applicationContext = Production

News

ERC Starting grant for Susanne Mertens

Another prestigious award for a principal investigator of the SFB1258: Susanne Mertens, professor at the TUM and a research group leader at the Max Planck Insitute for Physics, receives an ERC starting grant for searching for sterile neutrinos within the KATRIN experiment.

Prof. Dr. Susanne Mertens (Photo: KATRIN/KIT)

Alongside the known three types of neutrinos which interact with other matter, sterile neutrinos could also potentially exist. They would be heavier than known neutrinos and their interaction with other particles would be much weaker. Prof. Mertens intends to search for these hypothetical particles as part of her SENSE project. Her most important tool is the KATRIN experiment conducted at the Karlsruhe Insitute for Technnology (KIT), in which the decay of tritium causes electrons and neutrinos to be released – some of which could turn out to be sterile neutrinos. Proving the existence of sterile neutrinos could solve the mystery surrounding dark matter, which makes up one quarter of the universe. Sterile neutrinos are promising candidates for this dark matter. As a researcher in the MaxPlanck@TUM program, Prof. Susanne Mertens is Professor of Dark Matter at TUM while also heading up a research group for experimental neutrino physics at the Max Planck Institute of Physics.

ERC Starting grant for Susanne Mertens

Another prestigious award for a principal investigator of the SFB1258: Susanne Mertens, professor at the TUM and a research group leader at the Max Planck Insitute for Physics, receives an ERC starting grant for searching for sterile neutrinos within the KATRIN experiment.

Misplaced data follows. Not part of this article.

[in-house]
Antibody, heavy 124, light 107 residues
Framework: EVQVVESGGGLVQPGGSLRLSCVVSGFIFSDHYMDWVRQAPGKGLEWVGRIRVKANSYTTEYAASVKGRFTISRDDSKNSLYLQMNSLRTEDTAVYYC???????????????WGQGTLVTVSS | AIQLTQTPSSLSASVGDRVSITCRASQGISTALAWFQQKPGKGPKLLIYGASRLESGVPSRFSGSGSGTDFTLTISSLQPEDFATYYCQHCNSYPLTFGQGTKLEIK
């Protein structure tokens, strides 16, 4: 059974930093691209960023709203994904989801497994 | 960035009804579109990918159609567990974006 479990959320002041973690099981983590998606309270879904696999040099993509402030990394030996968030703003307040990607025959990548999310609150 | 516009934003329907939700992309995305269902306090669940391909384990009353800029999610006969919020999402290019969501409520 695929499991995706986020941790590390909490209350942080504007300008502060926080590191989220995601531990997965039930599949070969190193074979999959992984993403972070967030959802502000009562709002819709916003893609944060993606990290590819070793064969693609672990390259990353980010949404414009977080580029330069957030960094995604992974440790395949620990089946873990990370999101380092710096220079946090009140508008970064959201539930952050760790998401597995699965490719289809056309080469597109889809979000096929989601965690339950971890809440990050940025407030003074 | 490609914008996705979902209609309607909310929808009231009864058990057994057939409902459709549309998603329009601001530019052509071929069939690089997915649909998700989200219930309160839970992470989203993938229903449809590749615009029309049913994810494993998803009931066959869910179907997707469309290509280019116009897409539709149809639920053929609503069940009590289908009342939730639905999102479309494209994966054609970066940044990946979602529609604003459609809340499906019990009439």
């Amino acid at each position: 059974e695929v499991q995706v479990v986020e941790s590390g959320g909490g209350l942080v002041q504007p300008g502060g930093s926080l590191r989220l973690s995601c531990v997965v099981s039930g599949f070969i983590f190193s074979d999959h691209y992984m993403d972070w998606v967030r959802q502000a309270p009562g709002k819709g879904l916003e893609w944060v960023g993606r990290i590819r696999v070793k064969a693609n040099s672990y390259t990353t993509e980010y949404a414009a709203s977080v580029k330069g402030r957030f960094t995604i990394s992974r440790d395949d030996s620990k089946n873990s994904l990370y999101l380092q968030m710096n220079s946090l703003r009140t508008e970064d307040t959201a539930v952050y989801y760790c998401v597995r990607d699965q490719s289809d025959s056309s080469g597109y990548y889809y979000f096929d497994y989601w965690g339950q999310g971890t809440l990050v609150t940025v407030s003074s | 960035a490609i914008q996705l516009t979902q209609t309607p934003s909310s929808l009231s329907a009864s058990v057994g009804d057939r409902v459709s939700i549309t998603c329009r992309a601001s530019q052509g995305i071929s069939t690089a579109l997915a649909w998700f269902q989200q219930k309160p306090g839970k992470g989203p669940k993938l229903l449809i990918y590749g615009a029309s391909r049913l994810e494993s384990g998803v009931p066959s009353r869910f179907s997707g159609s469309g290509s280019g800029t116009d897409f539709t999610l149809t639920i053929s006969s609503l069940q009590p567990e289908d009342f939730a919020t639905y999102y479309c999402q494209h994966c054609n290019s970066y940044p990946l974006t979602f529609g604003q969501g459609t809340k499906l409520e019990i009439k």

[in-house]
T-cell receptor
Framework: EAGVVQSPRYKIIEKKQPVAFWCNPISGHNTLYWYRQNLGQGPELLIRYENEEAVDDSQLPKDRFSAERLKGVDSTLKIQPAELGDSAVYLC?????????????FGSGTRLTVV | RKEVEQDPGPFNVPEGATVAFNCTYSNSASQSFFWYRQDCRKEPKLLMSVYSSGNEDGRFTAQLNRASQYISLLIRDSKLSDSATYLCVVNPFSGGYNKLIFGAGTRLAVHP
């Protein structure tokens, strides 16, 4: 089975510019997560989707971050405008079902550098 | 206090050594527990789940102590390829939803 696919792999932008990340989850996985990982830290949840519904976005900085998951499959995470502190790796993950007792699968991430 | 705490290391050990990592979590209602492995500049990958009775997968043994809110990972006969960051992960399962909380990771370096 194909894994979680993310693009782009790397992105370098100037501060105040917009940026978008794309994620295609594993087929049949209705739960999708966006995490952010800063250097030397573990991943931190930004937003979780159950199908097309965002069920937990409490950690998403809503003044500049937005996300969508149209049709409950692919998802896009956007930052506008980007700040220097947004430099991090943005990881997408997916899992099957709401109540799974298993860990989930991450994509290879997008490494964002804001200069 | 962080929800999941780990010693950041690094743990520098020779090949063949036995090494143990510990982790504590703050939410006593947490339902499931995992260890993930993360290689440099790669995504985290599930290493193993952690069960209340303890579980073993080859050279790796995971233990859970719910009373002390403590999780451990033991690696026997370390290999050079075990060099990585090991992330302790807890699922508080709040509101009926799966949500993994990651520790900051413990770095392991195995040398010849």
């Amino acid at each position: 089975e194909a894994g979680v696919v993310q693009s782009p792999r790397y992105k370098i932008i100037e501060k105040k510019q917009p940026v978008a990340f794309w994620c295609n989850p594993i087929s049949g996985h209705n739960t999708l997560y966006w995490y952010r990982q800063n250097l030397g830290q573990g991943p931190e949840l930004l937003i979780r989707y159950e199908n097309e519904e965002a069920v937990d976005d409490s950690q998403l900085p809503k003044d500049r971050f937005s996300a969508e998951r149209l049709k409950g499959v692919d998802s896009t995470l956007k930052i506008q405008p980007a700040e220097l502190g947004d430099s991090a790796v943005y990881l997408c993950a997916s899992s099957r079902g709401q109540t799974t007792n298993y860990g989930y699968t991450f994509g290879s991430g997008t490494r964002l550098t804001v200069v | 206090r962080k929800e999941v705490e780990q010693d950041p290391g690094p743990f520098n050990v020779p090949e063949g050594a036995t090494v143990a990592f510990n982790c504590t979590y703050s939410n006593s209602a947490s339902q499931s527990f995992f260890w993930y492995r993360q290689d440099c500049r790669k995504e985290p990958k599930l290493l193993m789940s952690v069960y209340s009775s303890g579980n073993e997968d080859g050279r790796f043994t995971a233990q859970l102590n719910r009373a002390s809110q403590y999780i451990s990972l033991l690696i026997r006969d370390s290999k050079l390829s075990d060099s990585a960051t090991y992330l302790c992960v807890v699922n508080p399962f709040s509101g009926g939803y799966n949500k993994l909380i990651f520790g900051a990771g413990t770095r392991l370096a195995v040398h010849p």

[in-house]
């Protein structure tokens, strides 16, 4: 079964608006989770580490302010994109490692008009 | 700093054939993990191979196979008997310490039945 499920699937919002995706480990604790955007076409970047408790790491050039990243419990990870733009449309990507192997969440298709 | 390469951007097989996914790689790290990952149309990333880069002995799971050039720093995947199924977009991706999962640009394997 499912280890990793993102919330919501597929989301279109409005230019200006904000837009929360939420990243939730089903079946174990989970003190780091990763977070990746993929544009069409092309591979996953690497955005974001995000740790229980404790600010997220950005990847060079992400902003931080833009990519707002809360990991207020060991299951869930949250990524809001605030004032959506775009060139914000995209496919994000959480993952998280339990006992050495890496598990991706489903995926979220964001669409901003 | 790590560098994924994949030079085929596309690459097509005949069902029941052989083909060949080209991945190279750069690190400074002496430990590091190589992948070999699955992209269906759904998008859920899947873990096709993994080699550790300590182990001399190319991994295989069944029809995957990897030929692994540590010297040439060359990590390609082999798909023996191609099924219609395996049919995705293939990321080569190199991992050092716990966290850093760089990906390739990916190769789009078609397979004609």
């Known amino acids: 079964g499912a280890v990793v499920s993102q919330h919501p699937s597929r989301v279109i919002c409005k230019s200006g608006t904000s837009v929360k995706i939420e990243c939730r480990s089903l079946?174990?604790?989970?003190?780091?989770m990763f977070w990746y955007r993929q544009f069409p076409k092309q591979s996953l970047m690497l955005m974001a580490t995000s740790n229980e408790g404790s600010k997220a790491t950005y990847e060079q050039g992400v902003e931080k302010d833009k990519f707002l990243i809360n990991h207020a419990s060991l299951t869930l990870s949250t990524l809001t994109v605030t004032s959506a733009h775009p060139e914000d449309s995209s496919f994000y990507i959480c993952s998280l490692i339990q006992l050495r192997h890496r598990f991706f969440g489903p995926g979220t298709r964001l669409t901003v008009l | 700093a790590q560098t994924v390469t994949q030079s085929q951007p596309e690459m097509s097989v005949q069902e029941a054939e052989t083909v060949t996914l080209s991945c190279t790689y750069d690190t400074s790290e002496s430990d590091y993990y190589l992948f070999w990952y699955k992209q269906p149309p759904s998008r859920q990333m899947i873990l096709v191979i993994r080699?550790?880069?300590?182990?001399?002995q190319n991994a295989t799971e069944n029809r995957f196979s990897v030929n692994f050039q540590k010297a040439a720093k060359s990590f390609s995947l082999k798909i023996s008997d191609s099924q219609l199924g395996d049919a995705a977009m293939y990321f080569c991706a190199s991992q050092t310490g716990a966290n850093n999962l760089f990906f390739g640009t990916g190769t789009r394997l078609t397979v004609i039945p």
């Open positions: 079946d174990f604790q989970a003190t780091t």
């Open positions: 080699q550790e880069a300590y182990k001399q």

Prof. Dr. Susanne Mertens (Photo: KATRIN/KIT)

Alongside the known three types of neutrinos which interact with other matter, sterile neutrinos could also potentially exist. They would be heavier than known neutrinos and their interaction with other particles would be much weaker. Prof. Mertens intends to search for these hypothetical particles as part of her SENSE project. Her most important tool is the KATRIN experiment conducted at the Karlsruhe Insitute for Technnology (KIT), in which the decay of tritium causes electrons and neutrinos to be released – some of which could turn out to be sterile neutrinos. Proving the existence of sterile neutrinos could solve the mystery surrounding dark matter, which makes up one quarter of the universe. Sterile neutrinos are promising candidates for this dark matter. As a researcher in the MaxPlanck@TUM program, Prof. Susanne Mertens is Professor of Dark Matter at TUM while also heading up a research group for experimental neutrino physics at the Max Planck Institute of Physics.

News

ERC Starting grant for Susanne Mertens

Another prestigious award for a principal investigator of the SFB1258: Susanne Mertens, professor at the TUM and a research group leader at the Max Planck Insitute for Physics, receives an ERC starting grant for searching for sterile neutrinos within the KATRIN experiment.

Prof. Dr. Susanne Mertens (Photo: KATRIN/KIT)

Alongside the known three types of neutrinos which interact with other matter, sterile neutrinos could also potentially exist. They would be heavier than known neutrinos and their interaction with other particles would be much weaker. Prof. Mertens intends to search for these hypothetical particles as part of her SENSE project. Her most important tool is the KATRIN experiment conducted at the Karlsruhe Insitute for Technnology (KIT), in which the decay of tritium causes electrons and neutrinos to be released – some of which could turn out to be sterile neutrinos. Proving the existence of sterile neutrinos could solve the mystery surrounding dark matter, which makes up one quarter of the universe. Sterile neutrinos are promising candidates for this dark matter. As a researcher in the MaxPlanck@TUM program, Prof. Susanne Mertens is Professor of Dark Matter at TUM while also heading up a research group for experimental neutrino physics at the Max Planck Institute of Physics.